Respiratory Depression in the Postoperative Period 

Updated: May 02, 2017
  • Author: Ashish K Khanna, MD, FCCP; Chief Editor: Sheela Pai Cole, MD  more...
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Practice Essentials

Key action points in the management of postoperative respiratory depression include the following:

  • The incidence of postoperative respiratory depression varies according to the defining criteria employed (eg, use of pharmacologic reversal with agents such as naloxone, hypoventilation, hypercapnia, and hypoxemia, in varying degrees)
  • Besides "too much anesthesia," factors known to be commonly responsible for respiratory compromise include those specific to the type and duration of surgery and anesthesia, as well as consequent pain, splinting, abdominal wall binding, and abdominal distention; other factors are patient-specific (eg, age, body habitus, and preexisting pulmonary disease)
  • The effects of residual muscle relaxants may play a role in the occurrence of immediate postoperative respiratory events in the postanesthesia recovery unit (PACU)
  • Hypoxemia beyond the PACU and on the postoperative surgical floor is common, persistent, and largely undetected
  • Neither the STOP-Bang score (as a surrogate measure of the severity of obstructive sleep apnea [OSA]) nor the use of long-acting opioids in patient-controlled analgesia (PCA) systems seems to predict the development of hypoxemia in the postoperative period
  • The unpredictability of postoperative hypoxemia demands that respiratory monitoring be universally implemented on the nursing floor
  • This respiratory monitoring should be all-inclusive, continuous, and automated, and it should address multiple parameters, including oxygen saturation, ventilation, and cardiac parameters (at a minimum, heart rate [HR], as well as blood pressure [BP] if possible)


Intraoperative mortality is rare. Unfortunately, the same cannot be said of postoperative mortality. Approximately 2% of all postoperative inpatients die within 1 month. [1] If the 30-day period after a surgical procedure were considered a disease, it would be the third leading cause of death in the United States. [2]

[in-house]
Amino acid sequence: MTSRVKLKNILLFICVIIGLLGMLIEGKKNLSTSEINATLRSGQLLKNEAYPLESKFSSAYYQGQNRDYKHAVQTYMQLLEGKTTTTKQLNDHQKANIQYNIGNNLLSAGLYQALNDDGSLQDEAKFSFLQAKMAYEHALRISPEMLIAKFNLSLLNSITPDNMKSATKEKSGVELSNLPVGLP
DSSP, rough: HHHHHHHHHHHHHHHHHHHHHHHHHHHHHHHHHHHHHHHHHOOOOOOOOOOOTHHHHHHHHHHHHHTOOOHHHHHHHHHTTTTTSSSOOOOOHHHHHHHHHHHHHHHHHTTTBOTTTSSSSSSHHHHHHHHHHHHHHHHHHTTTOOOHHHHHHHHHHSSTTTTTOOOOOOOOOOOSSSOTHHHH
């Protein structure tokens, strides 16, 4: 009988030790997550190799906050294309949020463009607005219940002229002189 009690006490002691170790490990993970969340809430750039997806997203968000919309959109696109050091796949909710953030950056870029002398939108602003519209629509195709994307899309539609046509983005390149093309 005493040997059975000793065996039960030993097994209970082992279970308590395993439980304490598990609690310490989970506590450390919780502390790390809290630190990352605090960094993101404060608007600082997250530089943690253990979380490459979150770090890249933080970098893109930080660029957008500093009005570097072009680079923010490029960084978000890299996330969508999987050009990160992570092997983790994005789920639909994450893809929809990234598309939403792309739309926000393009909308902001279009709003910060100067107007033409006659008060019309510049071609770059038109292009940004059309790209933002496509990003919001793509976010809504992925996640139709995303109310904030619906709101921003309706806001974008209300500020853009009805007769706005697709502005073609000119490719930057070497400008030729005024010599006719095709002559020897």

Cardiac complications are by far the most frequent cause of 30-day postoperative mortality. However, respiratory depression in the postoperative period is also common. In its 2015 report, the Agency for Healthcare Research and Quality (AHRQ) rated postoperative respiratory failure as the fourth most common patient safety event and the second most common if obstetric indicators were excluded. [3]

A degree of ambiguity continues to surround the definition of respiratory depression. A combination of naloxone use, hypoventilation, hypercarbia, and hypoxemia has been used to define this physiologic aberration, but different sources have specified different durations and thresholds for these factors. Consequently, the reported incidence has ranged from 0.3% to 17%, depending on the specific defining criteria employed. [4]

Immediate postoperative respiratory depression is seen in the PACU. The most common causes in this setting are usually a direct consequence of ''too much anesthesia." In varying combinations, these causes may include excessive opioid use, inadequate reversal of neuromuscular blockade, or prolonged persistence of these agents in the system as a result of liver or renal disease. In addition, the lingering effects of inhalational agents and long-acting benzodiazepines may contribute to the development of respiratory depression in the PACU.

The other common group of causes of postoperative respiratory depression includes those specific to the type and duration of surgery and anesthesia and consequent pain, splinting, abdominal wall binding, and abdominal distention. Finally, a number of patient-related factors may play a role, including age, body habitus, and preexisting pulmonary disease.

Whereas postoperative patients commonly find themselves in the PACU and the intensive care unit (ICU), these areas are intensively monitored as a rule. It goes without saying that the destination for these patients, once they have left the PACU and before their condition has deteriorated sufficiently to warrant ICU admission, is the regular nursing floor or ward. This is currently monitored via nursing checks on vital signs every 4-6 hours. Generally, the regular ward is a place of comfort for clinically stable patients.